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Engineers and the Making of the Francoist Regime$
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Lino Camprubí

Print publication date: 2014

Print ISBN-13: 9780262027175

Published to MIT Press Scholarship Online: January 2015

DOI: 10.7551/mitpress/9780262027175.001.0001

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Laboratories and Churches: Science, Industry, and National Catholicism

Laboratories and Churches: Science, Industry, and National Catholicism

Chapter:
(p.41) 3 Laboratories and Churches: Science, Industry, and National Catholicism
Source:
Engineers and the Making of the Francoist Regime
Author(s):

Lino Camprubí

Publisher:
The MIT Press
DOI:10.7551/mitpress/9780262027175.003.0003

The chapter begins with a group of young and promising scientists and architects who accompanied the founder of Opus Dei, Escrivá de Balaguer, as he fled from Madrid in 1937. At the end of the Civil War, members of this group became central organizers of the Spanish National Research Council (CSIC). The chapter traces the material and ideological relationships established between laboratories and churches in early Francoism. Through the concept of “Christian autarky,” it shows that National Catholicism and technical research nourished each other in ways that have too often been ignored. It explores the religious architecture of Miguel Fisac as a motor of change for the Spanish church. Finally, it analyzes internal colonization through rural cities as a tool for transforming landscapes and peoples.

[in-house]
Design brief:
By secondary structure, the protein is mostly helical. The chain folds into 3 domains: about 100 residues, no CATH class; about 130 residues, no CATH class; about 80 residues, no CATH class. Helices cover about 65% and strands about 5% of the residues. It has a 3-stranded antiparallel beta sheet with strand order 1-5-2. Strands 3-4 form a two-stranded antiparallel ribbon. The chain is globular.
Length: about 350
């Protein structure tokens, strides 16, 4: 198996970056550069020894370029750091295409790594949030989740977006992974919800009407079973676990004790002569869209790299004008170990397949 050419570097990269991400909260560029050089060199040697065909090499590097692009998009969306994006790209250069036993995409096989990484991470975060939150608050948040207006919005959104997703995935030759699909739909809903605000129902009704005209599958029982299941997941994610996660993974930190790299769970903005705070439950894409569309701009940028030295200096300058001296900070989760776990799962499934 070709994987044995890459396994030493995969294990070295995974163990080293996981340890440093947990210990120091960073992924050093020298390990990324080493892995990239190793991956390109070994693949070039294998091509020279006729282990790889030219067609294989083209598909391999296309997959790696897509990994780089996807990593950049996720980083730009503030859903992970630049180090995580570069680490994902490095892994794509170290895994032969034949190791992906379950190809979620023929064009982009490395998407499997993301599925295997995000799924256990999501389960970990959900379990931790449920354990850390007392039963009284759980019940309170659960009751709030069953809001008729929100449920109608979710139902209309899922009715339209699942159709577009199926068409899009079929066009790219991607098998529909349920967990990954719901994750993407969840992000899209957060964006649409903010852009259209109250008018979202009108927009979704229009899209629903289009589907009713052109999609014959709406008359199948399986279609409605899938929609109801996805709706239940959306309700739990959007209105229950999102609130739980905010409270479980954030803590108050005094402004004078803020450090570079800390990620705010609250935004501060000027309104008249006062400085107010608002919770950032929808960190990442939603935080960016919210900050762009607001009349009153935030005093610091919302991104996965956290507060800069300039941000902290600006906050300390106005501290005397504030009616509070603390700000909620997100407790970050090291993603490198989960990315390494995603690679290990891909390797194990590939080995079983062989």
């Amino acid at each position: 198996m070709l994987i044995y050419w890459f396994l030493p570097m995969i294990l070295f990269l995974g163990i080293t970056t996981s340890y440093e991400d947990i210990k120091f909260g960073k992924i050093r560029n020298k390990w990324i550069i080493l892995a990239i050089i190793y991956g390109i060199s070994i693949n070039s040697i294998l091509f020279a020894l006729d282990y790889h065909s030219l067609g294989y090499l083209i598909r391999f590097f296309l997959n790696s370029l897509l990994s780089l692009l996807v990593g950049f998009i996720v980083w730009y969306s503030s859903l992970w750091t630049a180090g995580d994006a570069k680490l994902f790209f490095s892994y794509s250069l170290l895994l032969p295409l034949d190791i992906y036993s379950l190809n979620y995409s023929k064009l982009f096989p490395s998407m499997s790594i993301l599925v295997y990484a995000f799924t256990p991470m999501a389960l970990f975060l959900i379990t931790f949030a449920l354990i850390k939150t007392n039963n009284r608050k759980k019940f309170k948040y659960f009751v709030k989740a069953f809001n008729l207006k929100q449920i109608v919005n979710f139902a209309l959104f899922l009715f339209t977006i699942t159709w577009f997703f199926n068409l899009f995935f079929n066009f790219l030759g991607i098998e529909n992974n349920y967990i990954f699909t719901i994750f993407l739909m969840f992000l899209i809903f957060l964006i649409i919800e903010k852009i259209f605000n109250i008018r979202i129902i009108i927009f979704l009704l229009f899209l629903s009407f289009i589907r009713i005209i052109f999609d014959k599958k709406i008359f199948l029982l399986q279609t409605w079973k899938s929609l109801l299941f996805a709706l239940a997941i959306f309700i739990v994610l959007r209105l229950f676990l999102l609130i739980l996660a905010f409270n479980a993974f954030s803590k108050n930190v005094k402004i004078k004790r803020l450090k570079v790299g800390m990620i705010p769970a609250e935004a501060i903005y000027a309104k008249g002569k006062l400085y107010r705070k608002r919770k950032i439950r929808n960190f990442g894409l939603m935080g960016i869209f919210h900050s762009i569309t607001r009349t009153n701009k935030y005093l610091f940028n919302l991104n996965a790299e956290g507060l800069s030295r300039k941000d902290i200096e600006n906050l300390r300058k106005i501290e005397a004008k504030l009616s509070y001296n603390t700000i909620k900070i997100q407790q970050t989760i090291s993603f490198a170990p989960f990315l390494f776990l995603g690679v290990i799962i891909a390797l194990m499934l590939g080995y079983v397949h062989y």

Keywords:   Opus Dei, José María Albareda, CSIC, National Catholicism, Church, Christian autarky, Internal colonization, Miguel Fisac, Plan Badajoz, Architecture

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